Monday, June 28, 2010

Until We Meet Again

I have met my people, and they are tired.

Last weekend I attended the Immune Deficiency Foundation 2010 Retreat in Rye Brook, New York. It was extremely exciting to meet people who have primary immunodeficiency disease (PID). As I have mentioned, I have CVID, one of nearly 150 diseases in this [dysfunctional] family. I was, well...I think "relieved" is the word, to find out that a lot of the stuff I experience every day is NORMAL. Feeling fatigued, achy and overwhelmed is not uncommon. I felt lucky to benefit from the experience of other women my age who had more years under their belts dealing with this disease.

I also met a celebrity -- the IDF Zebra:

Prior to this weekend, I had met only one person with a PID. He was 4 years old, and I told him that he was now my support group. He promptly went back to playing with his toy truck.

When my mother and I decided to go the IDF Retreat, we didn't know what to expect. By the time it was over we were both thrilled by what we had learned and who we had met.

What I learned:
  1. Stop taking Levaquin immediately.

    I spoke to a doctor following a presentation about antibiotics, and mentioned that I was taking Levaquin for bronchitis and had begun to experience muscle and joint pain. He looked concerned and proceeded to scare the bejeezus out of me by explaining that this side effect could lead to long-term tendonitis and fatal muscle ruptures. I proceeded to go home and sleep for 19 hours on Sunday, another lovely side effect. Needless to say, I'm done with Levaquin for ever, thank you very much.

  2. If I ever feel like treatment is too overwhelming, I need to just suck it up.

    I learned from several parents that their children administered their own treatments. Mind you, these children were 5 and 6 years old. I am at least FOUR TIMES their age (ahem...) so I really have no excuse for whining. If someone who is still expected to throw periodic temper tantrums and demand cookies for breakfast is mature enough to handle weekly subQ infusions, then I should be too.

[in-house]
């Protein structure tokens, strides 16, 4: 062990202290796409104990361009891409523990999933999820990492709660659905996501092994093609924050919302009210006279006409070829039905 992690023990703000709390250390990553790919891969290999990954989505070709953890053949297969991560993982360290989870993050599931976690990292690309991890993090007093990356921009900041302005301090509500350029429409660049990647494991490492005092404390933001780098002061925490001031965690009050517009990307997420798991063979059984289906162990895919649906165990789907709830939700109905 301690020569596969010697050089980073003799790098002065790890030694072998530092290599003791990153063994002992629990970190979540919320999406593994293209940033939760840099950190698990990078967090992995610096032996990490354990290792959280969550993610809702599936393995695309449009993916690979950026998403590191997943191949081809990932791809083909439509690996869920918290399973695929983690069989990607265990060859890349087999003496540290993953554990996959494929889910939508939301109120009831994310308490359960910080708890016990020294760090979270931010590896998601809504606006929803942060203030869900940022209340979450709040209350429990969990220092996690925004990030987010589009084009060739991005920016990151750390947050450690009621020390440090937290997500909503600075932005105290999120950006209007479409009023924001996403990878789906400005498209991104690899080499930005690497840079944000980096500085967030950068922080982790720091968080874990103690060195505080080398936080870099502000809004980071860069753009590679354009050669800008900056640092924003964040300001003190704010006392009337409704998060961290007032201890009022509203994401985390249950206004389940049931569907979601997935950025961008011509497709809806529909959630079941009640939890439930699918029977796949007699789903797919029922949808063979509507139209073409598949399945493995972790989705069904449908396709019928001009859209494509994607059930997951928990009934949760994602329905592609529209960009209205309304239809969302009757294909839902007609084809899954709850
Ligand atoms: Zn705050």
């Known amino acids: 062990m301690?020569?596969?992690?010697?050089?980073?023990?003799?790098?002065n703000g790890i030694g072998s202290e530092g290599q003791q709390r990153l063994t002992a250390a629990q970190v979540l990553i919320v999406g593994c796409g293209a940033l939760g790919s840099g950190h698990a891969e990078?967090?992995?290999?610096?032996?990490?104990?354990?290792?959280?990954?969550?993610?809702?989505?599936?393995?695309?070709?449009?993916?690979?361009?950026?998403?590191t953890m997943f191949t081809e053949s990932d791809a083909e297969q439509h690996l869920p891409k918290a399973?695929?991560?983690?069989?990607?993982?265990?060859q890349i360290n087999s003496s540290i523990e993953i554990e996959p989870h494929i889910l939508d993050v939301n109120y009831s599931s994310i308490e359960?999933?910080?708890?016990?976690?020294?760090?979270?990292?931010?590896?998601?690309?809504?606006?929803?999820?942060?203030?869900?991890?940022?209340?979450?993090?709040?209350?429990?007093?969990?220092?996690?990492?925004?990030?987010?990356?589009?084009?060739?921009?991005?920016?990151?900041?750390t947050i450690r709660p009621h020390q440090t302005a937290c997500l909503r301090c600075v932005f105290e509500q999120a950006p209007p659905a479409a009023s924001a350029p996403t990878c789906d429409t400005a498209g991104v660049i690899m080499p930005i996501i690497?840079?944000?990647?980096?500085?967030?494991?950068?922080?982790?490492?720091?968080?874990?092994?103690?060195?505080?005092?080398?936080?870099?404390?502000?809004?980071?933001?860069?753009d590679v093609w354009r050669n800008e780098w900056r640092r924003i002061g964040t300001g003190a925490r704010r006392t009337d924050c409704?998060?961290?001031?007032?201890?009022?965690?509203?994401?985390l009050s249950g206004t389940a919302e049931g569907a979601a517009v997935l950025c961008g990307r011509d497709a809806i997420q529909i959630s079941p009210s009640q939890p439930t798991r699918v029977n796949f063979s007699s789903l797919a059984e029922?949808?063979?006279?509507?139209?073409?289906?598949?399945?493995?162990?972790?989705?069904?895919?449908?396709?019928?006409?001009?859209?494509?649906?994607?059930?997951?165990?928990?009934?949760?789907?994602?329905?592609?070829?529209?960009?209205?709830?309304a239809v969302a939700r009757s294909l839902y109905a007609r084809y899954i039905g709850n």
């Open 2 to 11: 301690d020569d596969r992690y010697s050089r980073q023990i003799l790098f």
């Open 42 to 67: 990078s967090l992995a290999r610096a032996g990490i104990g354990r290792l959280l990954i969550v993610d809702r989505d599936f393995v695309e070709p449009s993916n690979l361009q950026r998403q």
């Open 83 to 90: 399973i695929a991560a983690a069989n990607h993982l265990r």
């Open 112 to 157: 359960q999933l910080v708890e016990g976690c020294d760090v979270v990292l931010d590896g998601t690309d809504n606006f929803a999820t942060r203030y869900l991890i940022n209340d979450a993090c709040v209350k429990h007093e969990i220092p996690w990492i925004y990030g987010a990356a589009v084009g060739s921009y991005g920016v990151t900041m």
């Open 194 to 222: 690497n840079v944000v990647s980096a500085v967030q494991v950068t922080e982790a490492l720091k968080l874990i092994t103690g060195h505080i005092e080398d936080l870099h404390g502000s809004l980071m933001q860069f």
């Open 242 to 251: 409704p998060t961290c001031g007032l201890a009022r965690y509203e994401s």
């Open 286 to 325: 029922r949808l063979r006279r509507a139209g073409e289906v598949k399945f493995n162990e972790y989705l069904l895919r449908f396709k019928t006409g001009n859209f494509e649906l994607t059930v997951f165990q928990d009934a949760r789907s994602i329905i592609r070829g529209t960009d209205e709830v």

3. The Doral Arrowwood Hotel in Rye Brook New York has the most amazing breakfast and lunch buffets.

    At lunch, we spotted mussels in a fresh broth and my mother sprinted over to get us a plate to share. Seriously, it was ridiculous, and I'm going to crash another event there so I can get some more of that buffet action.
I learned a lot more than that -- and will continue to write about it -- but thanks to a Levaquin-induced stupor I can barely keep my eyes open. Sweet dreams, my fellow PID-people.

May we get the rest we need and the cure we deserve!


  1. I found your bog on our FB froup. I just turn my blog about raising a bipolar child to include have PIDD. It's
    I read that about Levaquin and was shocked. I am on the more severe end of CVID. Levaquin was the dr's only option for years due to my drug allergies. My muscles and joints are shot. Now, I can only take certain oral antibiotics. Reading your blog, I feel like we nee more down to earth fun and funny blogs like tis out there! Keep up the great work!

  2. Levaquin is a nightmare. I woke up to a knee TWICE the size of my other one. After they gave me Levaquin for a sinus infection that had the fortitude of seventeen armies. Levaquin=bad. Now that I do sub-q infusions weekly (immunoglobulin) I have won the fight against antibiotics. Sort of. I went to Hawaii for two weeks, got a staph infection and bronchitis and am still trying to recover.

    Good thing I can work at home. Glad I found your blog.